How to do internet research

This page has ten rules on how to do good research on the internet.


The internet is a wonderful resource. It has all the information that students are likely to need about every topic they are studying. Internet research can be a very effective (and enjoyable) way of finding the information that you need.

However, @@@ it is also very easy to spend a lot of time searching on the web and still not find what you are looking for. ~~~ If you follow the 'rules' below, you can be sure to avoid wasting too much of your precious time.

Research 'rules'

Rule 1 - Be sure you know exactly what information you have to find.

@ The more exactly you know what you are looking for, the easier it will be to find it. ~

Rule 2 - Use multiple-word searches.

This is related to Rule 1. Let's say you have to find out about Shackleton's third journey to Antarctica. Do not just type in Shackleton. Type Shackleton third journey Antarctica. You will get fewer results, but you can be confident that these will be relevant to the information you need.

Rule 3 - Enclose phrases in quotation marks.

Suppose you had to find out which was the world's most dangerous animal. Typing the most dangerous animal in Google returns almost 100 million hits.

If you enclose the phrase in quotation marks in "the most dangerous animal", you get just over 600,000. This is still a huge number, but you can be more sure the results will be relevant.

Rule 4 - Use the minus sign to filter unwanted results.

Imagine you are searching for information about the Hilton hotel organization. If you just type in Hilton, you will get a huge number of pages with information about Paris Hilton , a famous Hollywood star. If, however, you type in Hilton -Paris (i.e. Hilton 'minus sign' Paris), the search results will not include any pages about the actor.

In Google, the Advanced Search will help you use this (Boolean) logic correctly. Google has a help page if you are still not sure. Or you could ask your teacher or librarian to show you.

Rule 5 - Learn how to skim the search hits for webpages worth opening.

If you have used good keywords/keyword groups and correct Boolean logic, you should have a not-too-long list of links that contain the information you are looking for. These links come with one or two lines of information about the webpage they lead to.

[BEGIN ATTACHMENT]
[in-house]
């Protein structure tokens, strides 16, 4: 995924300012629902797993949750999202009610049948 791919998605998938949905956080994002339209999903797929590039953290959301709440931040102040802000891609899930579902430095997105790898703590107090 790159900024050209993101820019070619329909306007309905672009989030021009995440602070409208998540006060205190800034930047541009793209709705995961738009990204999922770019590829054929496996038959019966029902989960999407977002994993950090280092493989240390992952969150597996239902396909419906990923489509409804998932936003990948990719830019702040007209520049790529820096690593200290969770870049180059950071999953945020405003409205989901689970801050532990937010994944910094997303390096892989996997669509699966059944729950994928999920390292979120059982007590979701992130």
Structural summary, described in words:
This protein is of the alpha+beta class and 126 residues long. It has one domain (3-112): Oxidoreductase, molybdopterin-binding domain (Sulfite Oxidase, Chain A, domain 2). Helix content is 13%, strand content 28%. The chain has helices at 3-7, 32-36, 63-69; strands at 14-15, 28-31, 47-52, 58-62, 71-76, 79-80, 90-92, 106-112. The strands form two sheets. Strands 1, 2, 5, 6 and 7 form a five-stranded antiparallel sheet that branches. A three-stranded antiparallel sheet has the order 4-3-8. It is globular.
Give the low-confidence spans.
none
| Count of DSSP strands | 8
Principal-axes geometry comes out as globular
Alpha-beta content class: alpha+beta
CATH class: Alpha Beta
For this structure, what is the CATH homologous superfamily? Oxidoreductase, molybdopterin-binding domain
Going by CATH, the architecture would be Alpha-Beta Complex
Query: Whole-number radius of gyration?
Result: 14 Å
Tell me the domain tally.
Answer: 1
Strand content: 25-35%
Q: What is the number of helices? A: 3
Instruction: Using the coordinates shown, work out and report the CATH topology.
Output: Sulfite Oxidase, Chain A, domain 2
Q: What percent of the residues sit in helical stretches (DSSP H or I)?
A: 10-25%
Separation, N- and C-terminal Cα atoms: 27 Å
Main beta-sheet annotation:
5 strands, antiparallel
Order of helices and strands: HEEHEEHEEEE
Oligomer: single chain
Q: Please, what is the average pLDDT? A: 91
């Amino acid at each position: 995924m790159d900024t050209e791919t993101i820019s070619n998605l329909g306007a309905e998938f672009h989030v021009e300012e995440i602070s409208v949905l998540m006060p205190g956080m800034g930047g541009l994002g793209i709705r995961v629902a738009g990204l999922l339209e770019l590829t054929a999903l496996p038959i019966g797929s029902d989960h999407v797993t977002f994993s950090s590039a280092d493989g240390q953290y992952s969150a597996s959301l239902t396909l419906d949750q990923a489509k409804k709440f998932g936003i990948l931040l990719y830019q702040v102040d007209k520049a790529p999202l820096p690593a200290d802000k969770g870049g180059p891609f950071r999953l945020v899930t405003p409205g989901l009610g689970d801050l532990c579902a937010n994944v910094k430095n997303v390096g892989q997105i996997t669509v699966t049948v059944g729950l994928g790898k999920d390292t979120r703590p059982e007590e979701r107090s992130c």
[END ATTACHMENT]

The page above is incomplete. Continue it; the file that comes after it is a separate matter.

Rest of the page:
If you read this information with some care, you can avoid clicking on irrelevant pages. It is very time-wasting to wait a minute or so for a page to load, only to find that it is useless to your needs.

Rule 6 - Be sure to evaluate the reliability of the information you find.

@@ Anyone can put information on the internet. Not all of the information is correct or up-to-date. ~~ If you find a webpage that has unusual colours/fonts or contains many spelling mistakes, you should be very careful about trusting the information it contains. See if there are details about the author somewhere on the website, or ask your teacher/librarian to advise.

Rule 7 - Research in your own language.

Much of the information on the web that is in English will be very hard for ESL students. An excellent idea is to research in your own language. You can then read the corresponding information in English with a far better chance of understanding it.

Rule 8 - Remember: you don't always need to use the internet.

School libraries are full of books and other resources containing most of the information you need. If you use a library book, you can usually be sure of its reliability (although it may not be up-to-date). Libraries have access to excellent reference resources such as the Encyclopedia Britannica or ProQuest magazine database.

It is often best to start research in the library and to use a web search engine only if the library does not have what you are looking for.

Rule 9 - Filter your results according to their reading level.

You can ask Google to show you only the pages that are written at a basic or intermediate or advanced level of language difficulty (readability). [Note: This functionality was discontinued by Google, but may be available again when you read this.]

A good source of information written explicitly for English language learners is Simple English Wikipedia. Here is the advice Simple English Wikipedia gives to its content writers:

"Simple does not mean short. Writing in Simple English means that simple words are used. It does not mean readers want basic information. Articles do not have to be short to be simple; expand articles, add details, but use basic vocabulary."

Rule 10 - Remember: finding the right information is only the beginning.

Once you have found the information you are looking for, you will need to do something with it. Often you will make notes on it before putting it into a piece of writing of your own.

In this case, be sure to keep the URLs (web addresses) and titles of the web pages. [ More on taking notes .]


In conclusion, it is worth repeating Rule 1 for emphasis:

Be sure you know exactly what information you want to find ... and what you want to do with it once you have found it.

And if you are not sure what to look for and where to start looking, you should ask your teacher for recommendations.

Further reading

The three external sites below have more information and advice on this important topic.

Lots of useful suggestions for more effficient searching
Fact-Checking Your Writing
Evaluating resources